Biden Orders DOJ to End Contracts with Private Prisons Holding Foreign Convicts
Reinstates Obama-era policy as part of 'racial equity' agenda
Joe Biden has ordered the Department of Justice (DOJ) to cancel contracts the Bureau of Prisons (BOP) holds with private prisons across the United States.
However, the BOP contracts impacted by the move are with privately-managed prisons that almost entirely hold foreign nationals convicted of federal crimes in America.
The move has been billed as a “racial equity” initiative by the White House.
The policy change was part of a fresh set of four additional executive orders that the Democrat signed on Tuesday.
In a statement, Biden said he wanted to eliminate alleged institutional discrimination within federal agencies.
“No one should be profiteering off of our criminal justice system,” Biden tweeted on Tuesday evening.
“That’s why today, I ordered the Department of Justice to end the use of private prisons by the federal government,” Biden added.
No one should be profiteering off of our criminal justice system. That’s why today, I ordered the Department of Justice to end the use of private prisons by the federal government.— President Biden (@POTUS) January 26, 2021
Altogether, foreign convicts make up nearly 17 percent of the federal prison population, a total of more than 25,000, and most are from Mexico and Central America, according to Breitbart.
Currently, nearly 14,000 of those foreign convicts are held in the privately-managed prisons contracted by the BOP.
The 11 privately-managed prisons include nine that are operated by the GEO Group, including three facilities that are already set to close within the next few months.
The eight remaining privately-managed prisons’ contracts are set to expire later this year and in 2022.
Biden’s order ensures none of those contracts up for renewal will be renewed.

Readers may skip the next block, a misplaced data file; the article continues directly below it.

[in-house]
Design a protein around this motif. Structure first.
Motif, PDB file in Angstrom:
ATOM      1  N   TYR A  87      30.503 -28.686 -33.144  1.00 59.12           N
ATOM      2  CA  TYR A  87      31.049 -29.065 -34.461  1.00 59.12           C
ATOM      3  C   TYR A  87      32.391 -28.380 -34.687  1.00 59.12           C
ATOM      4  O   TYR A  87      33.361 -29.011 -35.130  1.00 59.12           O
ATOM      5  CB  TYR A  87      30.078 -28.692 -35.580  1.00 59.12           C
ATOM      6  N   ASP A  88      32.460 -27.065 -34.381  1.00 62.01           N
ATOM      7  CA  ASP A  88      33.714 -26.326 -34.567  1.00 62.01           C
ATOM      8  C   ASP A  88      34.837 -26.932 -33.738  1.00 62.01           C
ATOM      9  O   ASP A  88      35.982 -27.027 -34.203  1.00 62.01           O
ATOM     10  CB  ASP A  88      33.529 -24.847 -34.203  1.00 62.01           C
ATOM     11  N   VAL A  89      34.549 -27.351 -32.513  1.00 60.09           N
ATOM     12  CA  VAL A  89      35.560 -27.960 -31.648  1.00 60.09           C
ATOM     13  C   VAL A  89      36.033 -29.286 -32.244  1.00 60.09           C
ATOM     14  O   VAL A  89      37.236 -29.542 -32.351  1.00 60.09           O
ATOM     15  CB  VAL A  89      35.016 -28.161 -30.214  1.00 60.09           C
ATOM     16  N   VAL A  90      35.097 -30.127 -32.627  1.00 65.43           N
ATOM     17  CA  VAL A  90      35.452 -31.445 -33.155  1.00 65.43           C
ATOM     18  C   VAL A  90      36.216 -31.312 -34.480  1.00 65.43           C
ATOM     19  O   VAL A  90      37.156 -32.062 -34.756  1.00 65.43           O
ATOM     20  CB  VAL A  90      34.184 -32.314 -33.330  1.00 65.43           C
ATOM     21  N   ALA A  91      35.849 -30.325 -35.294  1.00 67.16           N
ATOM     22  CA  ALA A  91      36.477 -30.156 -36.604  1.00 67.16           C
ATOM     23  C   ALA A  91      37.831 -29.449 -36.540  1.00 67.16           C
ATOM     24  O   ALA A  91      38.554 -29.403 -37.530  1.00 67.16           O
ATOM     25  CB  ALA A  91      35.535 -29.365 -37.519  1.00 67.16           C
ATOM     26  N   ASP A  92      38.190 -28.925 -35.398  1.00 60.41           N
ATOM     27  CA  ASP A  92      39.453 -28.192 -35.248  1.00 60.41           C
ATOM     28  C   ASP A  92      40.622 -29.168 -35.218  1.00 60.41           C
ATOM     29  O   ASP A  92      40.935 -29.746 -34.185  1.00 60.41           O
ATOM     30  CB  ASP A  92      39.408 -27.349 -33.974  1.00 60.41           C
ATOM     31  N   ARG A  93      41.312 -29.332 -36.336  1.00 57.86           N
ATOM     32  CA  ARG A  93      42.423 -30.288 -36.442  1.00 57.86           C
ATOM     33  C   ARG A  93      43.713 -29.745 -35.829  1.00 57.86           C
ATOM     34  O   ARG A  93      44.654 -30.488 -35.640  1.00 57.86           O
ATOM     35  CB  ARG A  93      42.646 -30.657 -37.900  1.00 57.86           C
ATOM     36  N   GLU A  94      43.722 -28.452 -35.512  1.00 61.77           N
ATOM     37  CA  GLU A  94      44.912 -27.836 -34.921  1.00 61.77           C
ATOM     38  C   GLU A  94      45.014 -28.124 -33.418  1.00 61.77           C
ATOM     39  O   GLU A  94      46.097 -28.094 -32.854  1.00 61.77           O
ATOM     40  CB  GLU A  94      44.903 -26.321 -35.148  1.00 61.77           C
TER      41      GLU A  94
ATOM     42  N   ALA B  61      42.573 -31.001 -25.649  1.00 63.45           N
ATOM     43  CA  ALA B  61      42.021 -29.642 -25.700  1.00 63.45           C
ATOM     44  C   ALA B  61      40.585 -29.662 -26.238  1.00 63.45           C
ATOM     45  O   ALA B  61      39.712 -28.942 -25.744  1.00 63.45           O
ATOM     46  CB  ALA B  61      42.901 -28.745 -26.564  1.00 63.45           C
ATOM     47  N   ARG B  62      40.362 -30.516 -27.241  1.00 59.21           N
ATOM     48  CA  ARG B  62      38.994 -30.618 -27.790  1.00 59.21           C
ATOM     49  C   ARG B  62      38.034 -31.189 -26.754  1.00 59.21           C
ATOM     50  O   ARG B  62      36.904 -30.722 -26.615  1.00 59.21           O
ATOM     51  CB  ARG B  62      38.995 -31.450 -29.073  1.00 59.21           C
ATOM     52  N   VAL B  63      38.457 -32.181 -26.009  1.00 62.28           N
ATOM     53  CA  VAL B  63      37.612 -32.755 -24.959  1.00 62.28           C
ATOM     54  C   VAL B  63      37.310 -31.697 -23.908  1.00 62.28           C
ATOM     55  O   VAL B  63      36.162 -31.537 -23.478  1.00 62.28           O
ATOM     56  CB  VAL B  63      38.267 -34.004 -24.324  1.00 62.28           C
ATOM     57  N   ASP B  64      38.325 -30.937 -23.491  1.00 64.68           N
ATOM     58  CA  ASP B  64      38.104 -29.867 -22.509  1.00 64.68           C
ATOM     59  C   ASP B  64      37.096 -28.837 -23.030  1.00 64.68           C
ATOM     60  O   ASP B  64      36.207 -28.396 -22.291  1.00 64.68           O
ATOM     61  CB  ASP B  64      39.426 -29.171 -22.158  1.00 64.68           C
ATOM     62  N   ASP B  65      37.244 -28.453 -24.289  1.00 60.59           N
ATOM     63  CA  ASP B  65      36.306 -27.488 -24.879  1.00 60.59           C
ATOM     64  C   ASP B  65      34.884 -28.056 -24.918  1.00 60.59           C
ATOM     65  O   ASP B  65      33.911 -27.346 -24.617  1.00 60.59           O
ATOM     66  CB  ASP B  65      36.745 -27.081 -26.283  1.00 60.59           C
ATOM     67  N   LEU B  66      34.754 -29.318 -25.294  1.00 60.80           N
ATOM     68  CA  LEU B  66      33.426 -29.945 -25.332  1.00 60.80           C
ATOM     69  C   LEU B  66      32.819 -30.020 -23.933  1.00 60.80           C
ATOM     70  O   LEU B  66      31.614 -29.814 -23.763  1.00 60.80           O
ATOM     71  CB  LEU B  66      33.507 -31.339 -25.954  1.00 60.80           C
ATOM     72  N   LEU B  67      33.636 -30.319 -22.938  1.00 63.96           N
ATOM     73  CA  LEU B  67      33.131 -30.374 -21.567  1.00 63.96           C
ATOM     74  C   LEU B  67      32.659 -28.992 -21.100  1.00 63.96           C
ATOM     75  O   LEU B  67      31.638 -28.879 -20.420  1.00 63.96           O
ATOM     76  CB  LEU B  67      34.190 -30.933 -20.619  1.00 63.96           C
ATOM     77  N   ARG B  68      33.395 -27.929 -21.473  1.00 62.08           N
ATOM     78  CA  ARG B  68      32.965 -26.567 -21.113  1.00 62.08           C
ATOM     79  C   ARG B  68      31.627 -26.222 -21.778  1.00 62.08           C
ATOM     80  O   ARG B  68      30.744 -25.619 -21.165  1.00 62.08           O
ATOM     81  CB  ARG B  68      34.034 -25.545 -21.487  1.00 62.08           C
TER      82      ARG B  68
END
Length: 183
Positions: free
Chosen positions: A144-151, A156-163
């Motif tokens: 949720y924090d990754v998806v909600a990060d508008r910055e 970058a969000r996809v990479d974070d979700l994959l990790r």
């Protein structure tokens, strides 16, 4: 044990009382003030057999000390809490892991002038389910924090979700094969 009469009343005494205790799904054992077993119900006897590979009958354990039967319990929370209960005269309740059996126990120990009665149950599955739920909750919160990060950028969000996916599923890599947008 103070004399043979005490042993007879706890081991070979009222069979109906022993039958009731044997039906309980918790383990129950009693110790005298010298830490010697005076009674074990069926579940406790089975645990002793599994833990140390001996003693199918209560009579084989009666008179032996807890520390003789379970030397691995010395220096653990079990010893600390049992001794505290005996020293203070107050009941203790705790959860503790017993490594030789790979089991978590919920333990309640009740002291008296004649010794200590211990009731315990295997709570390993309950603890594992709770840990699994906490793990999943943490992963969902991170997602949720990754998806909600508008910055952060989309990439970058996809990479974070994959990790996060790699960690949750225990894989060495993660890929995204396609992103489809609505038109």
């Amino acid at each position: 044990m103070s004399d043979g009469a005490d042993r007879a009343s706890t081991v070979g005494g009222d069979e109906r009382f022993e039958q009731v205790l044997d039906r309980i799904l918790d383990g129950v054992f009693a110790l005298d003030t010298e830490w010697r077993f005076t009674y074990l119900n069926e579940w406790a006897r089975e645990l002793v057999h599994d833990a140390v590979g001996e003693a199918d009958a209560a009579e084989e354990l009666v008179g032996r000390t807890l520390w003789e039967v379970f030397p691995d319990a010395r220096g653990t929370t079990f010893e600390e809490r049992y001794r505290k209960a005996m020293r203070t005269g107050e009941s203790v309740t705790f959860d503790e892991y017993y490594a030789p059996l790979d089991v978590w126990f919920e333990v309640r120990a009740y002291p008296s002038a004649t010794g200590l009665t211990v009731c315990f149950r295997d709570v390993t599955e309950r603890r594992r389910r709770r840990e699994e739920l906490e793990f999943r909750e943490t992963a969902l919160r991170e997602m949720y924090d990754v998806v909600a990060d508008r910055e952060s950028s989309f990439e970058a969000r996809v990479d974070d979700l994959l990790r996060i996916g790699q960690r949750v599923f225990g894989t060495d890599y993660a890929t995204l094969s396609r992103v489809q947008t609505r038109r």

Biden’s order “is a solution in search of a problem,” a spokesperson with GEO Group told Breitbart News in a statement:
For more than three decades, our company has provided high-quality services under a private-public partnership with the BOP.
During this timeframe, our facilities, which are newer and more modern than the generally older government-run prisons, have helped the BOP meet the significant overcrowding challenges facing the federal prison system.
Our facilities have almost exclusively housed non-citizen criminal aliens convicted of federal crimes, thus allowing government-run facilities to care for U.S. citizens without significant overcrowding challenges.
White House domestic policy advisor Susan Rice said this was “just the beginning.”
She confirmed that the order does not apply to private federal immigration prisons under contract with other agencies, such as Immigration and Customs Enforcement (ICE), which is part of the Department of Homeland Security.
Rice reportedly said the order is “silent on what may or may not transpire with ICE facilities.”
Biden’s campaign website indicated he would “end for-profit centers” that house unlawfully present immigrants if elected.
“The order signed today is an important first step toward acknowledging the harm that has been caused and taking actions to repair it, but President Biden has an obligation to do more, especially given his history and promises,” said David Fathi, director of the ACLU’s National Prison Project.